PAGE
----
Requirement Analyses Suck

We feel nauseous at Upsales when someone says “requirement analysis" or “preliminary study". I mean those ballooning excel spreadsheets some person who never worked in sales or in a market function has tinkered with for several weeks. 

 

You recognize these reports as they are stacked with columns of anxiety-enhancing words like: document layout requirements, regrade requirements, system modifications, physical environment, pseudo requirements, and so on ad infinitum. 

 

We have come to the conclusion that spending too much time on writing these specs doesn’t really lead to better decisions or implementations. (Even though we also see good requirement analyses where the specs are to the point and leave out redundancies.)

 

What's the problem?

 

It’s very much like you cannot learn to play soccer through analyzing requirements. You have to start playing to actually learn the game.

 

It’s when you start using a complex software product (at least if it has proven itself in the market place with hundreds of customers over the years) that you start see what exactly you will need from the product and how to go about it. 

 

You need to be practical and get ready for takeoff. This is especially true for complex sales and complex buying of established products. 

 

Think pilot instead.

 

In our industry, there is a solution that reduces the customer's job with requirement specifications at zero and it's a pilot. 

 

We drew this conclusion by looking at which of our new sales processes worked the best. We noticed that the pilots were almost always succeeding from day one. The sales process that proceeded into a pilot (free for the customer) has always felt the best for both parties. Suddenly there is respect from both sides and a smooth opening for everyone.

 

Also, without a pilot project, it may be difficult for sellers and buyers to predict exactly what will happen during the implementation of a complex, but proven, product. 

 

After long negotiations both seller and buyer naturally wants to get started and it easily feels academic to deep dive into every possible detail. “Let’s just do it instead.” With the outcome that the customer finds out a small new function or issue that the seller could not possibly foresee or missed explaining. And it’s not clear if it is in the contract because it would have taken a month to write the contract to take every possible scenario in to account. 

 

All that vanishes like magic with a pilot. It's when testing the product you come to see exactly what you want from it.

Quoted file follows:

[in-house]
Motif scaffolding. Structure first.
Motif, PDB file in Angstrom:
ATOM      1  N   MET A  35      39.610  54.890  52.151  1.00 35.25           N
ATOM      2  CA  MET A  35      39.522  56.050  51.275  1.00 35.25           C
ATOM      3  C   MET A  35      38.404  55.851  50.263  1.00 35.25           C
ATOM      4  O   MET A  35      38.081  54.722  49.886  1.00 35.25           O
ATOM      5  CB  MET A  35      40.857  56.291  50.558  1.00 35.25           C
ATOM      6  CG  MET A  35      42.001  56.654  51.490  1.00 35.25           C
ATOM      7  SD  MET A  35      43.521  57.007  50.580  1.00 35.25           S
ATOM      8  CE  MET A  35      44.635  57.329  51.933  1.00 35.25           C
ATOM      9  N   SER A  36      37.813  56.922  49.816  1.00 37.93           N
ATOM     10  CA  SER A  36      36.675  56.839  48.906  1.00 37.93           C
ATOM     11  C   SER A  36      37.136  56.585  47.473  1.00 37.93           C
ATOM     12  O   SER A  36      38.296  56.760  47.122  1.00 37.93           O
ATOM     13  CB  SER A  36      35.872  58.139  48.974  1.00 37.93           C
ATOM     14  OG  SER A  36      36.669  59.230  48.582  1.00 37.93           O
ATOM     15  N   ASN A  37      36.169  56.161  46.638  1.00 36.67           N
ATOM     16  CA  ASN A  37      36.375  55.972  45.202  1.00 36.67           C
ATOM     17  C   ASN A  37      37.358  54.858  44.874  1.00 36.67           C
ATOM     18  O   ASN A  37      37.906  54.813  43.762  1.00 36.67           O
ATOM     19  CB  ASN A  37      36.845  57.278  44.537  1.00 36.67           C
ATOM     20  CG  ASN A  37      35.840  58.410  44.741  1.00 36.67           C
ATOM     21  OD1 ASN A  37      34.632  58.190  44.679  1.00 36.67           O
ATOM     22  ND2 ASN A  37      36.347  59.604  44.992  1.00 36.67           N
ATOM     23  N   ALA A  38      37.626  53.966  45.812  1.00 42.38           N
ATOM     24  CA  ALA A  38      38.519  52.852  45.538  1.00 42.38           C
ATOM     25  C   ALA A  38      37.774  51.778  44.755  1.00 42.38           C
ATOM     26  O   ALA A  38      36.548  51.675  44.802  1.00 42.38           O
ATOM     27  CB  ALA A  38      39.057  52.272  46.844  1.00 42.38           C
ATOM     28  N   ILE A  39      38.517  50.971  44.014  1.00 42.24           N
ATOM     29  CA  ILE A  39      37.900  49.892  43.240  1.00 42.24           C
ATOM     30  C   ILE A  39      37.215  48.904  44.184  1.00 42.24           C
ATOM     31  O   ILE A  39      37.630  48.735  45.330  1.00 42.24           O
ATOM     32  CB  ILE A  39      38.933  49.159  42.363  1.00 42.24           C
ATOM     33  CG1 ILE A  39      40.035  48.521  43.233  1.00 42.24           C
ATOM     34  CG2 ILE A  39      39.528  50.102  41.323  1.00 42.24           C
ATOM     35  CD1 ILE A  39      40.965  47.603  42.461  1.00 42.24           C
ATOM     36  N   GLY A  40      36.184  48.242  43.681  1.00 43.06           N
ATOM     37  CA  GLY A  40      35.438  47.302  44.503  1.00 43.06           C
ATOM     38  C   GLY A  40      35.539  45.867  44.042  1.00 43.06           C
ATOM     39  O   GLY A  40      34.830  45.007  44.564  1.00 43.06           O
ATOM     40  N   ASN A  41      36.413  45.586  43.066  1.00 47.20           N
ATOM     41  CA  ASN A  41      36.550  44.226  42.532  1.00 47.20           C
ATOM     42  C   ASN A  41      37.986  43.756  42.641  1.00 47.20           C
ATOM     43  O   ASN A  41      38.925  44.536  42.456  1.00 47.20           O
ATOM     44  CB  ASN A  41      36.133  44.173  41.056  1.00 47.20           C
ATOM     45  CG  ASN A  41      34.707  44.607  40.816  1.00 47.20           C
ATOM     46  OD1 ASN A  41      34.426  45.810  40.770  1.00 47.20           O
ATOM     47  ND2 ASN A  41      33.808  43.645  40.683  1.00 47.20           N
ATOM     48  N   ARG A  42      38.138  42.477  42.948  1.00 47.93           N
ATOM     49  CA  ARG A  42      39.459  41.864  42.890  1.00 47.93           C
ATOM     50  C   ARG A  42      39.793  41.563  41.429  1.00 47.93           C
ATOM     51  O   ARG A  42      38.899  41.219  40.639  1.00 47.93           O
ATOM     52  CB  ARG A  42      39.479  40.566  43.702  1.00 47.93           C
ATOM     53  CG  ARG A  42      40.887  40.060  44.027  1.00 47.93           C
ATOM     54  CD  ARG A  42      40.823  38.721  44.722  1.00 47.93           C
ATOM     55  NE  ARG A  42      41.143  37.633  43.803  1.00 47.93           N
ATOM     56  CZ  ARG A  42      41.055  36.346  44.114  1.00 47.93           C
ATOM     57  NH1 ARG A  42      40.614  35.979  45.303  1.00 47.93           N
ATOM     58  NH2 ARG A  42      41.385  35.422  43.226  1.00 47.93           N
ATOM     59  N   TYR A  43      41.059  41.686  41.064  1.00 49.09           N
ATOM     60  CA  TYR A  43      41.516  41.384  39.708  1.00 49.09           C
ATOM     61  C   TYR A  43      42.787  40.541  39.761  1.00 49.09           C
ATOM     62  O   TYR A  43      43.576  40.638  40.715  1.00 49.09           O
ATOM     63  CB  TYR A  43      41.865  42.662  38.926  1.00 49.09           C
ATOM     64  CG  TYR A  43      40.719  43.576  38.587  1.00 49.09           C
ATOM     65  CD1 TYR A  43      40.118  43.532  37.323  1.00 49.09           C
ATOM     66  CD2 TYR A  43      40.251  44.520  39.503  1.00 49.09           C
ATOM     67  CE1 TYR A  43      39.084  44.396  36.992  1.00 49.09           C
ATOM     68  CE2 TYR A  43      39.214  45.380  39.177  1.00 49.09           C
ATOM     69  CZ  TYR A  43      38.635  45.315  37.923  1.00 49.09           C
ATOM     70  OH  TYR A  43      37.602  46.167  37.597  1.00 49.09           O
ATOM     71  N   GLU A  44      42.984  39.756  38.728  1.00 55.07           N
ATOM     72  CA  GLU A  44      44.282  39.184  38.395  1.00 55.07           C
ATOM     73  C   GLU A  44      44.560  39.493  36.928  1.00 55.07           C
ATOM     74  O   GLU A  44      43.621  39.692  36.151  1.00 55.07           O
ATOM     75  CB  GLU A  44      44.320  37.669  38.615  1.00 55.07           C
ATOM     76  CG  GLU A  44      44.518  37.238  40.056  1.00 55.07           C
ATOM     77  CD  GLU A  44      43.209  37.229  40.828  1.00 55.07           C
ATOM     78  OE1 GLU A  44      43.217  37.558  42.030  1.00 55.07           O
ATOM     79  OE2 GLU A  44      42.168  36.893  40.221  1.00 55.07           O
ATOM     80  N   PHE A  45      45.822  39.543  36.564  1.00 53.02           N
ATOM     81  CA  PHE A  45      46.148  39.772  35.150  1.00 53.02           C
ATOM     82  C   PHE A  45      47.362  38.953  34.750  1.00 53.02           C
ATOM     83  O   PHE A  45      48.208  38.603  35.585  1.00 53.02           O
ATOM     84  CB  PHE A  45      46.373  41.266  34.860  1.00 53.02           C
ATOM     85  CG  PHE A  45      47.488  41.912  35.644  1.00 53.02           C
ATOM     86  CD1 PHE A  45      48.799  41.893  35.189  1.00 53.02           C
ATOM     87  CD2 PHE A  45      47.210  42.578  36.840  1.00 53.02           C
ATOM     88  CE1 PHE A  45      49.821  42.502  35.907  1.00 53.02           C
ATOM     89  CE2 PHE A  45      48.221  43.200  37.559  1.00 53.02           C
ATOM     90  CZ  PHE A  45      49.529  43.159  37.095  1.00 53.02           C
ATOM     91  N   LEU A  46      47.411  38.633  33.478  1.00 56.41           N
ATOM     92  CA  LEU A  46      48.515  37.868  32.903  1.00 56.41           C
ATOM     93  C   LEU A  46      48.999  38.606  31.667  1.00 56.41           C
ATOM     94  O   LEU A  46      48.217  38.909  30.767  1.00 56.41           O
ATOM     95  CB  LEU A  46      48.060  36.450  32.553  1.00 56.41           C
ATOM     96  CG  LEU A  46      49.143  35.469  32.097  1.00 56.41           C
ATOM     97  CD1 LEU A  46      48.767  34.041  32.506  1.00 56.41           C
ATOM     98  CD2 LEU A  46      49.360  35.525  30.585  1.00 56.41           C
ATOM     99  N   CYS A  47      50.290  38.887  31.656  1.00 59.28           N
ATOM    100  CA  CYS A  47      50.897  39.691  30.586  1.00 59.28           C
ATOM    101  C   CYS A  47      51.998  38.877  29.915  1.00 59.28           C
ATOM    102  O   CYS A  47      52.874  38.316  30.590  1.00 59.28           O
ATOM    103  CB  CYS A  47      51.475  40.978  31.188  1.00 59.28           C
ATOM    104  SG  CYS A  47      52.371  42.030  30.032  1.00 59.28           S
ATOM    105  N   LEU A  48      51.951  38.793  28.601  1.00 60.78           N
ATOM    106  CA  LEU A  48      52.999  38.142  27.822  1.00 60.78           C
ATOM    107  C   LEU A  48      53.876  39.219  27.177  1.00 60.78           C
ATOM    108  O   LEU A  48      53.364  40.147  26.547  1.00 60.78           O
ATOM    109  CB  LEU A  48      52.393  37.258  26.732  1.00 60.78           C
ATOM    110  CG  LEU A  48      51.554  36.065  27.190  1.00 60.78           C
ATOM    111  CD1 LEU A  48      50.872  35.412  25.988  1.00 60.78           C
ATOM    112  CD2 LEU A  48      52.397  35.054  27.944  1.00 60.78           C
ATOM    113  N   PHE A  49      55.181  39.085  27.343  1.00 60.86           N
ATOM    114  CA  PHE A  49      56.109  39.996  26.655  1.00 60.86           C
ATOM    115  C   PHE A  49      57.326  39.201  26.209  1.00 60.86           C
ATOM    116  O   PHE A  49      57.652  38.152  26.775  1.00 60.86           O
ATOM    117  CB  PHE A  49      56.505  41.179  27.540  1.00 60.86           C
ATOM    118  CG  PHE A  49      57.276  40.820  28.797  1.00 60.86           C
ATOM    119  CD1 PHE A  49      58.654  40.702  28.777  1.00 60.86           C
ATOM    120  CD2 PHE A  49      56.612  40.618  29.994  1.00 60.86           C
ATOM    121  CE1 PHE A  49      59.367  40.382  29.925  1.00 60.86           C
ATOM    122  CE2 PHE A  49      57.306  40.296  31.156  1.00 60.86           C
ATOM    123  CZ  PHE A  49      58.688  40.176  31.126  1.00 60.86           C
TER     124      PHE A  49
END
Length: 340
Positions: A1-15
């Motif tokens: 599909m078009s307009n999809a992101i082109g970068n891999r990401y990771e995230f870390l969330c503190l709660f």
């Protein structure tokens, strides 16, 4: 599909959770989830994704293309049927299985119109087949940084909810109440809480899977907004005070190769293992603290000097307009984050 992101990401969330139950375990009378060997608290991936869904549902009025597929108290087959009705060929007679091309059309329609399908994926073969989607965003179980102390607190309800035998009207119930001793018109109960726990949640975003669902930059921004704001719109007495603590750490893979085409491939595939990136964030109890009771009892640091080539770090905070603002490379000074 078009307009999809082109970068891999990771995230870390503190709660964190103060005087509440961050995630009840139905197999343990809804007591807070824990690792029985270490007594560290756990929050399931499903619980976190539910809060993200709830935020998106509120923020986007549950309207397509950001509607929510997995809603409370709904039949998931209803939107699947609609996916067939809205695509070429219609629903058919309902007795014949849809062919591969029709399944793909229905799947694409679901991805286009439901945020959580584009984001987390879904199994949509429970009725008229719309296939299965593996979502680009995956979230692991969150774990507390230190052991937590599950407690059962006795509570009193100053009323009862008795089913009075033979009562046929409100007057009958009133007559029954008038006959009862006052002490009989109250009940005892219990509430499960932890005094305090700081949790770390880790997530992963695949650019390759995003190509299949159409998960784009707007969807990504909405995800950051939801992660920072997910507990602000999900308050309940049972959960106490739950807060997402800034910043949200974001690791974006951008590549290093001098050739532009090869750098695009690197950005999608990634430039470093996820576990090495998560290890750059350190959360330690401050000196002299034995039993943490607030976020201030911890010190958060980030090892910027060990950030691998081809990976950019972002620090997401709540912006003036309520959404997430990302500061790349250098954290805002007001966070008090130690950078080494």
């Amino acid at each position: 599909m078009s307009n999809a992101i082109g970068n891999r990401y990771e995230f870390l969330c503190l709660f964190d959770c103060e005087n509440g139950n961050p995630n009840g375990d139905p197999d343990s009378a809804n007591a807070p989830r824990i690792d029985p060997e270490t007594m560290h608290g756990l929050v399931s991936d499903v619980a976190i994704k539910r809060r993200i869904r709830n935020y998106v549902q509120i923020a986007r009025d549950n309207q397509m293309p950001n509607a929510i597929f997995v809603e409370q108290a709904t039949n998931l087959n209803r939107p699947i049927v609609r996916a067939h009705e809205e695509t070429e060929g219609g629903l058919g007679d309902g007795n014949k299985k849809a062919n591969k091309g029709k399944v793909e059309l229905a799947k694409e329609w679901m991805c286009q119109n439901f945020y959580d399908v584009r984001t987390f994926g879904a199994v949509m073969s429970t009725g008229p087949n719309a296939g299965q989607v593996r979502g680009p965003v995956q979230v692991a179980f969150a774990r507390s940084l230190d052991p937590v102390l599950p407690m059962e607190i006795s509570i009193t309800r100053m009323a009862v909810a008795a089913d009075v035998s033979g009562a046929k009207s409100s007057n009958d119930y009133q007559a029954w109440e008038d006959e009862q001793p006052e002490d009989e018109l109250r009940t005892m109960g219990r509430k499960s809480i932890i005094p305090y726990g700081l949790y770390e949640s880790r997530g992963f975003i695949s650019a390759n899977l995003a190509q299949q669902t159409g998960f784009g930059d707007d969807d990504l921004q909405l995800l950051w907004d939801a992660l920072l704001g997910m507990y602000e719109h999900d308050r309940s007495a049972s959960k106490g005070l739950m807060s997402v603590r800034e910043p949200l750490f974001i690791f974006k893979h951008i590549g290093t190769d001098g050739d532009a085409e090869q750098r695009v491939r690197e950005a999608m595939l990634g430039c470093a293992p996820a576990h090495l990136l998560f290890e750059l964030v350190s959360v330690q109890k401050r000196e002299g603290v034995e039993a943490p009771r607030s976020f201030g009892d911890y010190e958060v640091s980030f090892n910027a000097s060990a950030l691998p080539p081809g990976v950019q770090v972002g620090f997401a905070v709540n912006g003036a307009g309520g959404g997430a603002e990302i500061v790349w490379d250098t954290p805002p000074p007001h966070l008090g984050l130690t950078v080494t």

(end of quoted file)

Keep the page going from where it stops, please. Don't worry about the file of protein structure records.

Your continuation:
Later, the customer is up and running when signing. We get rid of surprises popping up during the implementation phase.

 

Most clients who start a pilot will carry on to become customers. It’s a clear win-win. The pilot is favoured by everyone. 

 

So we adjusted our whole sales process around it. Now the only thing that is recognized as a business opportunity in our pipeline, is the pilot.

 

We started by modelling a team member to a sales engineer. His task is to support the sales by making the pilot happen. 

 

Our sales engineer does not give up until everything is in place and works well. He can also be demanding on customers. It comes with the business card. 

 

This seems like a self-evident process, but it has taken us several years of trial and error to find a sales process in three steps. 

 

  1. It begins with a discovery call. Often a 30 minute meeting (on the web or in a meeting) where we demonstrate the product. During that meeting we also address the deal breakers: for example, we have the same price for all customers as we think it’s fair for everyone. There must also be a product fit and time and intent for a pilot. 
  2. In the next meeting, someone from the management of the client has to join in. We refuse to demonstrate to a person whose sole job is to evaluate multiple suppliers. 
  3. After that workshop, we set up a pilot, an implementation of the system free of charge.

 

This leads to efficiency for our sellers to focus on finding new discovery calls and workshops. The sales engineer that runs the entire pilot. While, the sellers focus on new sales solely. 

 

The customer also prefer the pilot project because there are no sellers in the picture suggesting to go ahead with the buy. The focus is on helping customers evaluate and implement the parts needed. Get the client started and comfortable behind the wheel. 

We invest a lot of work and time in a pilot. So we only do them with committed clients. 

 

Rule number one: If it’s a customer we should not work with, then we don’t do it. 

 

Rule number two: When feeling that transparency between the customer and us is missing, we are out of the game early. It may be that the customer basically has another first choice but wants a last comparison with other suppliers. 

 

In the final analysis the uselessness of the requirement specifications was one of the triggers that helped us come up with the idea to align our entire sales process around the pilot. So we made use of the useless specs anyways.

 

We now think that the market has become smarter, more pragmatic, and that requirement specifications are more rarely used for established products for us and the customers we work with - it just makes sense.